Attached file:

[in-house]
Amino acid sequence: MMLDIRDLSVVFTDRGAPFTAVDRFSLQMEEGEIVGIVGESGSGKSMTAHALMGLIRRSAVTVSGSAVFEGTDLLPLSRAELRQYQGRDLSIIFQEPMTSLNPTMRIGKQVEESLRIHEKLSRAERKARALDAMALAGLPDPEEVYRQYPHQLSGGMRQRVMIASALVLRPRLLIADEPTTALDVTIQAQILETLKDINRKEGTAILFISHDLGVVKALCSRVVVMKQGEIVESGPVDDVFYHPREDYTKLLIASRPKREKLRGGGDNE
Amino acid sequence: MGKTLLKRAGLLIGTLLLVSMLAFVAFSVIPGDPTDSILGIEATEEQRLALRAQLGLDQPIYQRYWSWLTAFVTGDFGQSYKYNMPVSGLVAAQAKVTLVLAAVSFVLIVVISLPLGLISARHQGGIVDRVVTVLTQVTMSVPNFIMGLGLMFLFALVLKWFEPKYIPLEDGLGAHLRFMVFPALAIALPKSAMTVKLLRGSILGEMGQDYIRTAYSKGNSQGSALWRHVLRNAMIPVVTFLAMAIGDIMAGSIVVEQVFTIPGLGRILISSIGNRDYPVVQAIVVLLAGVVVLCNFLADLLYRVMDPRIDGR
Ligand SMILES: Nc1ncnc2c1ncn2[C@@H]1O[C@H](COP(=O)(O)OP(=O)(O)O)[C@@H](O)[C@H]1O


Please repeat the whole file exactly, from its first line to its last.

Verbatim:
[in-house]
Amino acid sequence: MMLDIRDLSVVFTDRGAPFTAVDRFSLQMEEGEIVGIVGESGSGKSMTAHALMGLIRRSAVTVSGSAVFEGTDLLPLSRAELRQYQGRDLSIIFQEPMTSLNPTMRIGKQVEESLRIHEKLSRAERKARALDAMALAGLPDPEEVYRQYPHQLSGGMRQRVMIASALVLRPRLLIADEPTTALDVTIQAQILETLKDINRKEGTAILFISHDLGVVKALCSRVVVMKQGEIVESGPVDDVFYHPREDYTKLLIASRPKREKLRGGGDNE
Amino acid sequence: MGKTLLKRAGLLIGTLLLVSMLAFVAFSVIPGDPTDSILGIEATEEQRLALRAQLGLDQPIYQRYWSWLTAFVTGDFGQSYKYNMPVSGLVAAQAKVTLVLAAVSFVLIVVISLPLGLISARHQGGIVDRVVTVLTQVTMSVPNFIMGLGLMFLFALVLKWFEPKYIPLEDGLGAHLRFMVFPALAIALPKSAMTVKLLRGSILGEMGQDYIRTAYSKGNSQGSALWRHVLRNAMIPVVTFLAMAIGDIMAGSIVVEQVFTIPGLGRILISSIGNRDYPVVQAIVVLLAGVVVLCNFLADLLYRVMDPRIDGR
Ligand SMILES: Nc1ncnc2c1ncn2[C@@H]1O[C@H](COP(=O)(O)OP(=O)(O)O)[C@@H](O)[C@H]1O